Clemency Coggins first suggested that Temple II was constructed in honor of Hasaw's wife. The name assumed for this wife is "Lady Twelve Macaw," the name recorded as the mother of Hasaw's son (Ruler B or Yik'in Chan K'awil) on Stela 5. The relationship of this woman to the names recorded on Altar 5 remains a mystery, although the specific alignment formed by Temples I, II and Altar 5 strongly corroborates the interpretation that the woman on the altar and the woman on Temple II are the same.
Lintel 2 of Temple II was carved, and the surviving remnant shows the figure of a royally garbed woman, but no text has survived. The carved beam of this lintel now resides in the American Museum of Natural History in New York.
In his excavations of the Great Plaza, W. R. Coe (Tikal Report 14) determined by the stratigraphy that the beginning of construction of Temple II preceeded the beginning of construction of Temple I by a few years. This is significant for a number of reasons. The date on Altar 5 indicate that Hasaw's wife had died in AD 703, 31 years before the accession of her son in AD 734, presumed to be close to the date of Hasaw's death which is not recorded anywhere yet known.
Given this long gap in time, it is likely that Temple II, if indeed dedicated to Hasaw's wife would have begun to be constructed before the even more monumental work of Hasaw's own mortuary temple, Temple I.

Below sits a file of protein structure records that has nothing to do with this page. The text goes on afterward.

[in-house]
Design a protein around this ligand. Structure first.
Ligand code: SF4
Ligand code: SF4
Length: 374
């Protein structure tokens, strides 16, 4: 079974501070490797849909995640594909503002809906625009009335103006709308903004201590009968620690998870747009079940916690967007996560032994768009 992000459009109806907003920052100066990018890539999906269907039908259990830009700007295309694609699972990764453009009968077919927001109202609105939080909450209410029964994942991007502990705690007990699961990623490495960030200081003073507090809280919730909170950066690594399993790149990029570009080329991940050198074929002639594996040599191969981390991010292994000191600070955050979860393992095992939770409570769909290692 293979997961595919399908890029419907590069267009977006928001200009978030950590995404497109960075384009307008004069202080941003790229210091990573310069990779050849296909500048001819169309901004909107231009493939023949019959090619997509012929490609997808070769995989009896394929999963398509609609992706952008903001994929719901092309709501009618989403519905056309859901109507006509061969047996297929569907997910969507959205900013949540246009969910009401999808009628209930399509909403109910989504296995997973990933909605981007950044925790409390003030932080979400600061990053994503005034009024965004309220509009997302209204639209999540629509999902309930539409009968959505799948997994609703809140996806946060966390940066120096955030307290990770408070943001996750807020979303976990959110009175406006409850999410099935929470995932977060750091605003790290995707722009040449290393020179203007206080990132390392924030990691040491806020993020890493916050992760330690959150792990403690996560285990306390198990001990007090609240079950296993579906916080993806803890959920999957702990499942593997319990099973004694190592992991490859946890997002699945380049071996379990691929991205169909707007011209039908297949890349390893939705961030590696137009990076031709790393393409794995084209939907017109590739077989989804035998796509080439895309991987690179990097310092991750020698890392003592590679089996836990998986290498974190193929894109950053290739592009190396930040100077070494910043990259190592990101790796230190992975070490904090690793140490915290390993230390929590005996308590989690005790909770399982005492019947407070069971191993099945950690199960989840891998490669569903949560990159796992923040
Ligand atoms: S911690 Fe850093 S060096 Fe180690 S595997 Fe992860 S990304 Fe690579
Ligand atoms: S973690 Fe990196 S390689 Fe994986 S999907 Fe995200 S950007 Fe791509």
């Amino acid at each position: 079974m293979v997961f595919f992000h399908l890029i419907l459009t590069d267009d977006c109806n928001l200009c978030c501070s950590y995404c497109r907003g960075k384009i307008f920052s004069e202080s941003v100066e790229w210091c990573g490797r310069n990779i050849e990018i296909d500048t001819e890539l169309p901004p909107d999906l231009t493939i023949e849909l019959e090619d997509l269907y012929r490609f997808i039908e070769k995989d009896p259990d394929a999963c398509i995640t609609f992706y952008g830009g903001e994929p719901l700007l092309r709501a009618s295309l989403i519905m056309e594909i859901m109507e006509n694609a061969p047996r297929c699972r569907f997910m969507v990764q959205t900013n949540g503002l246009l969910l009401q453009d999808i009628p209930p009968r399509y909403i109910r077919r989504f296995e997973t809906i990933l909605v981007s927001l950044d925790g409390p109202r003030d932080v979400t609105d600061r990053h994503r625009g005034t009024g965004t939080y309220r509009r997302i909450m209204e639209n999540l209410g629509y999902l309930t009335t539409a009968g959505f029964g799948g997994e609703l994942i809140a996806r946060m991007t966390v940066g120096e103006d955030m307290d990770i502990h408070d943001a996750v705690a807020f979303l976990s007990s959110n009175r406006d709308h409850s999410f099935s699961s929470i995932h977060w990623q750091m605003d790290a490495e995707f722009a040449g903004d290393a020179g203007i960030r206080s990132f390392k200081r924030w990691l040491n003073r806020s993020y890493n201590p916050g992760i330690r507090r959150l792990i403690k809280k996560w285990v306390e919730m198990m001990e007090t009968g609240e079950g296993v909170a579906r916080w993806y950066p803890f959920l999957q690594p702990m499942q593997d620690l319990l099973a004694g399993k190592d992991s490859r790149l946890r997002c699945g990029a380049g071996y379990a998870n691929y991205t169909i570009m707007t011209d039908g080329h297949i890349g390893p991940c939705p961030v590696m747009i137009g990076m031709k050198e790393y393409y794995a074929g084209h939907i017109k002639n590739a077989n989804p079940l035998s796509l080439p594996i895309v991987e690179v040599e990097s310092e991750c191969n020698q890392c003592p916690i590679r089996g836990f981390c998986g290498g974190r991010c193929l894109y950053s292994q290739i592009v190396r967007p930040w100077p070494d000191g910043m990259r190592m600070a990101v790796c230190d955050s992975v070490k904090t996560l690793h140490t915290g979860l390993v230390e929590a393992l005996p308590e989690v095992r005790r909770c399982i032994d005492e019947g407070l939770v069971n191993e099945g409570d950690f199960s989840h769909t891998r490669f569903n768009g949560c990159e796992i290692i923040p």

Peter Harrison, The Lords of Tikal, p. 141
Temple II seen from top of Structure 22, North Acropolis
"In the Peten, roof-combs are usually of solid wall construction, often loaded upon the rear bearing wall.
The Tikal roof-comb is like the back of a throne. The building itself is the seat, and the pyramid the dais. Dark figures enthroned in the interlaced decorations of the roof-comb often complete the scheme of seated majesty."
Kubler, pp. 214-215
Roof comb of Temple II
"The roof crest or roof comb is a sort of huge wall which was placed on the roof of a temple to add to the height and consequent grandeur of the whole structure and to supply a space on which masks and figures of gods modeled in stucco could be displayed.
At Tikal roof combs are of imposing dimensions, sometimes as high as forty feet."
J. Eric S. Thompson, Maya Archaeologist, p. 197
"The corbel technology of Maya architecture severely limited the amount of interior space that could be incorporated into a building.
By functional necessity and traditional definition, access to interior spaces was limited, and the exterior plaza is the operational space in Maya architecture. Architectural sculpture and painting, as well as the stelae, face this open space.
Maya buildings functioned like huge billboards manifesting religious and polical propaganda for the elite who commissioned them.
They were also great stage fronts for the rituals vital to the sustenance of society as a whole. Through the symbolic information carried by sculpture and painting around and within the architecture, the framework of ritual was defined in terms of the larger Maya cosmos, the history of the site and region and the personal actions, authority and ancestry of kings."
Schele & Miller, The Blood of Kings, p. 35
Coatimundi forage at the base of Temple II